their grandchildren (including my father also had this type of number on his marriage certificate.


Mole said...

Hi Parameshrie, your best bet is to acquire the CD Index as I mentioned in my first response but you will need a name to look up and if you have any clue as to year of arrival that would be helpful. The numbers you give will not tie up to the Migrants' Index. If you would like to give me the name/s involved I could see if I can advise you further. At the moment I am mostly in the dark and need details. What do you know other than these identity numbers? Name of ancestor, name of spouse, approx year of arrival, did they come out as young children with parents or as adults, perhaps already married?

Nicole Naik said...

Hi all, I've also been doing a lot of research on indentured Indians in SA, and have managed to find a good majority of my family tree based on indentured numbers. When 2 or more indentured numbers are placed together either with a / or // it indicates the marriage between 2 members. So for example, 1 Indian woman numbered 5551 married an Indian man numbered 5351, when they have children, the child's "ID" number will be 5351/5551. Unfortunately this number trail was only used until the 1950's when ID numbers were introduced for Indians beginning with 800 ******. This blog explains it in a lot more detail Sorry Mole-I'm by no means trying to punt another blog, but just thought it might help. Feel free to remove the comment if inappropriate.

Mole said...

Hello Nicole: it is pleasing that at long last others (dare I add, of the younger generation?) are beginning to take an interest in the indentured immigrants and to provide notes on their own research experience, as you have done on your blog which I read with interest. You may wish to make a correction on your pages where you refer to the ships lists online - this URL is no longer functional: It would be better to suggest that researchers acquire the CD of Prof Brain's Migrants'Index,available at minimal cost from GSSA (Genealogical Society of South Africa. I am not affiliated to this institution! but have found the index a very useful tool for research. It is, however, NOT a magic wand and it is essential that researchers have some specific details such as spouse name etc in order to identify the correct ancestor on the index. Best Wishes, Mole

Nicole Naik said...

Hi Mole! Thanks for the reply :) and yes safe to say I am of the younger generation-however I wish I had started earlier. That's strange that you say the URL is no longer functional-as I'm still able to access it, perhaps it was offline for a period of time? But it appears to be back on again. Your comment is very true, as many people try to use these techniques as a simple Google search, but I've spent many many frustrating hours trying to make connections with different family members. It has been so rewarding! I still have a few connections to make, and look forward to solving the mysteries! Thanks for your blog Mole, it's been a huge help for me too as there is not much information on researching Indentured Indians in SA. Keep well!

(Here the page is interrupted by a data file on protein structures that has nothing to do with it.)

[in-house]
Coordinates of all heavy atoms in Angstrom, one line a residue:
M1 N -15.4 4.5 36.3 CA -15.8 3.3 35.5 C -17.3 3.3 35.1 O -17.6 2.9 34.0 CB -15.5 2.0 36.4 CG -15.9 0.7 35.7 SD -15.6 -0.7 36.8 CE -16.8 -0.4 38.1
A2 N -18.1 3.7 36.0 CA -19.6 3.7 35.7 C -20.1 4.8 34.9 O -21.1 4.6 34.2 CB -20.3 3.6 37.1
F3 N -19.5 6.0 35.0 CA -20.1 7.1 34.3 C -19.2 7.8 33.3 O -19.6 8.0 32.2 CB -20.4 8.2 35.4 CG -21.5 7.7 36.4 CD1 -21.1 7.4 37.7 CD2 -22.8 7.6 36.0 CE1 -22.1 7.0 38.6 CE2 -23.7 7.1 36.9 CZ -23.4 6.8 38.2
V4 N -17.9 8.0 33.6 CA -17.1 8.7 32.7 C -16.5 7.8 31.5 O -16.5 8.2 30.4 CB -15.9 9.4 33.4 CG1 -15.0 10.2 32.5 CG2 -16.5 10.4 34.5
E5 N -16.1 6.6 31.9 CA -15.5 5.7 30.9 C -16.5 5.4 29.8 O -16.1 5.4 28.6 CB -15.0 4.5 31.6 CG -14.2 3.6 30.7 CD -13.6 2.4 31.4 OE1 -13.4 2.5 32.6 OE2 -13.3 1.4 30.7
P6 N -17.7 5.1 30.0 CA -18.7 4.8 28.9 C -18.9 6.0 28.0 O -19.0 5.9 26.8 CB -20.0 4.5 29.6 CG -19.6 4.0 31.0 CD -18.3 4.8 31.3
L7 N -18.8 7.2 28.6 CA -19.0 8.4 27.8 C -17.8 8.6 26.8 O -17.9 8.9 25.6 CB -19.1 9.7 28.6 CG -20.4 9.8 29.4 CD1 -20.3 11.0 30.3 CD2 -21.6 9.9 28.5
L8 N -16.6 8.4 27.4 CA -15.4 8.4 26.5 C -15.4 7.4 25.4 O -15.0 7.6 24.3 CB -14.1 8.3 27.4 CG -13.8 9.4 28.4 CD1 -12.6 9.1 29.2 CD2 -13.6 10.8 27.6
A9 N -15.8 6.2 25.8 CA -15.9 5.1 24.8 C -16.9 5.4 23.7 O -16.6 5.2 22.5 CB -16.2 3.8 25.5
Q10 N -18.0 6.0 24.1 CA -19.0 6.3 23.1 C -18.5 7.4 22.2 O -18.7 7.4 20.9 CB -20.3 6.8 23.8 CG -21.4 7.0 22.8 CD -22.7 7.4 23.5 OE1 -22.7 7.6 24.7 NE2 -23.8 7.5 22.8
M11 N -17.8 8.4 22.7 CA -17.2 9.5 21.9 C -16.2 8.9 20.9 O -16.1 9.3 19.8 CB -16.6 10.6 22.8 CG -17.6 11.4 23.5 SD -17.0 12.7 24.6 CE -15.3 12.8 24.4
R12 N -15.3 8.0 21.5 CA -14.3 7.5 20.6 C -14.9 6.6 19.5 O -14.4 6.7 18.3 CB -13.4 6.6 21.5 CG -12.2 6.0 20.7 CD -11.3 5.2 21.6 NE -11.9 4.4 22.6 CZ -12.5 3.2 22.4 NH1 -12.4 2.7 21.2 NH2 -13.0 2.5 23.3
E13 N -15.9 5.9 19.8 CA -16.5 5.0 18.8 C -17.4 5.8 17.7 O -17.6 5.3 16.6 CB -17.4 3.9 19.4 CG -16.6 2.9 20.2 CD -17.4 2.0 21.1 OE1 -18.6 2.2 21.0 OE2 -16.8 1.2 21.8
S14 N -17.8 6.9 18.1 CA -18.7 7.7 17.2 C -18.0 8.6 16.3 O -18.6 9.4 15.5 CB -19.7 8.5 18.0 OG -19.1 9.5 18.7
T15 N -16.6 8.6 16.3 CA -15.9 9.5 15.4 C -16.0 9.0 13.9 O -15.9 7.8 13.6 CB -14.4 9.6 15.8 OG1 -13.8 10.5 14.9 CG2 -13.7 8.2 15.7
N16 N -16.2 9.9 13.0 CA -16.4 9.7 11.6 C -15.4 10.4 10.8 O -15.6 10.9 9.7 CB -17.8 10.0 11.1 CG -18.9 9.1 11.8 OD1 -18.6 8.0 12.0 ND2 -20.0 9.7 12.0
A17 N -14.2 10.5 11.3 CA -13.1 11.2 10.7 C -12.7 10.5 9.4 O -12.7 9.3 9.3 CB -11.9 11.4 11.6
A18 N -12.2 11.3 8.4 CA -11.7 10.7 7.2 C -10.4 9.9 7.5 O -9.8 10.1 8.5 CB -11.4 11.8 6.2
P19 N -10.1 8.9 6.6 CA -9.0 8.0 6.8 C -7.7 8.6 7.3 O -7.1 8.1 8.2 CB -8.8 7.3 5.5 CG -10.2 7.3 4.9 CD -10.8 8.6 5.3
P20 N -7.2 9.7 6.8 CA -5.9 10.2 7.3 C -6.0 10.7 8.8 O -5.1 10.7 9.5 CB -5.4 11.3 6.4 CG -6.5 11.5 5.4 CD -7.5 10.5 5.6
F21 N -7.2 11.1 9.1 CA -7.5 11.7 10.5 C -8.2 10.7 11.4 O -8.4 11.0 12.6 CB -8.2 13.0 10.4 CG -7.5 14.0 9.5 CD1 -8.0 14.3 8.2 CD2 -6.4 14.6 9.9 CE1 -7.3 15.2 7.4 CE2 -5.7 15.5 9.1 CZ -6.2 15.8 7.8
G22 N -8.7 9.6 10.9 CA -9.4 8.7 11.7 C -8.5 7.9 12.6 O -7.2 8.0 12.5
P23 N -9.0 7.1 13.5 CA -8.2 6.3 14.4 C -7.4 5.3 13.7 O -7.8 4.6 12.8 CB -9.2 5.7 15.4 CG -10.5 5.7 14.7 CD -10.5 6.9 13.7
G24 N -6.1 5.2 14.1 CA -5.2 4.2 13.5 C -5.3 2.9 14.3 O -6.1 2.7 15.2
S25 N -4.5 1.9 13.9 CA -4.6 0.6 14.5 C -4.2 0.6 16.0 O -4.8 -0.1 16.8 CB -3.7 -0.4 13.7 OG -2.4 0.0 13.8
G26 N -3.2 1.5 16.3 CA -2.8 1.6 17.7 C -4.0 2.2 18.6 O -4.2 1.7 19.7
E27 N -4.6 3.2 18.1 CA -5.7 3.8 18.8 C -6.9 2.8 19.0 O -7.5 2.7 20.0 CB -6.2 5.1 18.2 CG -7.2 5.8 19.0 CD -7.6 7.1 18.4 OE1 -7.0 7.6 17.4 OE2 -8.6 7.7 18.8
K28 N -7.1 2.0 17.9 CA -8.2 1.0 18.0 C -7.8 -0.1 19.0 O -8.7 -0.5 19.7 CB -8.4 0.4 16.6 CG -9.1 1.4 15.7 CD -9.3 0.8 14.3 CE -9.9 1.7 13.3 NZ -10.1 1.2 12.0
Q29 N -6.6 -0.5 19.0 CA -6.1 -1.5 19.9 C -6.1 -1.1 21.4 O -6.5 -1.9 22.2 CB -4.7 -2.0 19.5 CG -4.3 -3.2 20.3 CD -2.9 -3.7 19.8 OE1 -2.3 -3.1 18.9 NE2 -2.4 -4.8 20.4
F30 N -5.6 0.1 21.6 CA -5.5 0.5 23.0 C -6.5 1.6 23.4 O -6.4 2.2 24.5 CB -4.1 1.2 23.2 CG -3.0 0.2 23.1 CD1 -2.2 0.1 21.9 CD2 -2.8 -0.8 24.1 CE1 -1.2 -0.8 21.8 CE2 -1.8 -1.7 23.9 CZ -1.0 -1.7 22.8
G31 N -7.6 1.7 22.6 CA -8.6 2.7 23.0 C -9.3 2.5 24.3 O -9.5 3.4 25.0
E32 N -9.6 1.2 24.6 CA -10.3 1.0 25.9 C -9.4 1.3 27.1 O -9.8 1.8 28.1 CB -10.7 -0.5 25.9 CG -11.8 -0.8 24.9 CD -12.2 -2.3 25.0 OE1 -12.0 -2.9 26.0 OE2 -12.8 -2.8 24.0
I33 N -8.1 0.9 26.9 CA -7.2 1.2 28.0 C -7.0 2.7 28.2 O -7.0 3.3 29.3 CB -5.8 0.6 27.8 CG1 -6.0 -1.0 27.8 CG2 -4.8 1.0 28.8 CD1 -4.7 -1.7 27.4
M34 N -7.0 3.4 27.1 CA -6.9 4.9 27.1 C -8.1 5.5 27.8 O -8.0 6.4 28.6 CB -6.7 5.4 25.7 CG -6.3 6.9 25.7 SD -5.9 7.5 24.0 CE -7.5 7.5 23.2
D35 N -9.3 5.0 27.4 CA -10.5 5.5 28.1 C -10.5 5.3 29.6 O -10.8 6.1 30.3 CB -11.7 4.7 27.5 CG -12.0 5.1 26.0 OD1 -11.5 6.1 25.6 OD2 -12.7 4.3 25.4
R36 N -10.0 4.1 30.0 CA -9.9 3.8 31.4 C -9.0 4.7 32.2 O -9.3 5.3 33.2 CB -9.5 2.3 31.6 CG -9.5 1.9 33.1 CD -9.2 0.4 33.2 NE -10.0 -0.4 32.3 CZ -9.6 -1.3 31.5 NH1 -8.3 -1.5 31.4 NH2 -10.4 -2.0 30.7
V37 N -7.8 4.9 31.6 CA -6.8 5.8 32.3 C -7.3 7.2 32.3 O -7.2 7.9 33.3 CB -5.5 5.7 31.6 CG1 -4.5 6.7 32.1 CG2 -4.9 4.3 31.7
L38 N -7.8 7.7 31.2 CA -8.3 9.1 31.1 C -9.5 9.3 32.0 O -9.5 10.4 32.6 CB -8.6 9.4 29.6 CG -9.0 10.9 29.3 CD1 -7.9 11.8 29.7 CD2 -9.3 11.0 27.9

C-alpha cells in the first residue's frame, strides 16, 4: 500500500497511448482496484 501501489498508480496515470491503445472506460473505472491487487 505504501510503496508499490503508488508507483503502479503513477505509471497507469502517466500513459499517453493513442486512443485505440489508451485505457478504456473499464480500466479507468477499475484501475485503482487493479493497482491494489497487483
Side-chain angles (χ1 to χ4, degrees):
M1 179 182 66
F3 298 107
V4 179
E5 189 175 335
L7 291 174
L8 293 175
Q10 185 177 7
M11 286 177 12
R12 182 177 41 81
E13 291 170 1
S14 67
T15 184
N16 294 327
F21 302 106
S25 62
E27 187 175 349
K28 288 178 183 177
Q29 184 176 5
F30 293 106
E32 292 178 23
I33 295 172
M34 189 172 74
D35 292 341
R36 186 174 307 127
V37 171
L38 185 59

Mole said...

Nicole, the ships list, as they insist on calling it, is back online at that URL today after month of no access. I don't know the reason for the access problem; people have complained about it to me for months so it is not just me having the difficulty. In any case, frankly the info is of little value for those seeking ancestors whose registration number is unknown since the online lists provided by Mr Chetty are only searchable by number not by name or any other detail. Whereas the Migrants Index presents a wealth of detail concerning each migrant - I do recommend that you, particularly, should get a copy of that CD from GSSA as you may be able to help others as I have done, using that source.Remember that the Migrants Index was compiled from the original records made at the point of arrival in Natal. Yes there are problems such as different spellings etc but if the researcher has done his/her homework and established some other details as an aid in identification, the Migrant Index can be enormously helpful. The other problem is that some family historians expect to be able to pinpoint the precise place of origin of their ancestor/s - this is often impossible and some small villages have disappeared from the map due to famine and other natural causes. Or their names have been changed, or the place is now under a different larger district etc etc. I'm glad you have found my blog helpful.Have you read Inside Indenture by Desai and Vahed? A more in-depth look at the history of these migrants and what happened to them in Natal. I believe it has been published in a 2nd edition with a slightly different title, just 'Indenture', perhaps. Well worth ploughing through, jam-packed with information.Anyone researching indentured immigrants must realise from the start that it there is no instant solution and the researcher needs to give input that will assist in identifying the ancestor/s either on the Migrants Index or on NAAIRS Index - the latter can offer deceased estate and other files which can lead back to earlier generations of the family. use the NAB (Natal) database for your earches on NAAIRS.

Tamryn said...

hi mole

I am currently trying to trace my genealogy. My great great grandparents came to South Africa as indentured laborers from India. I currently have some of their immigration papers with their colonial numbers on my father's mothers side. How will i be able to trace my father's fathers side using my uncle's (my father's brother) birth certificate?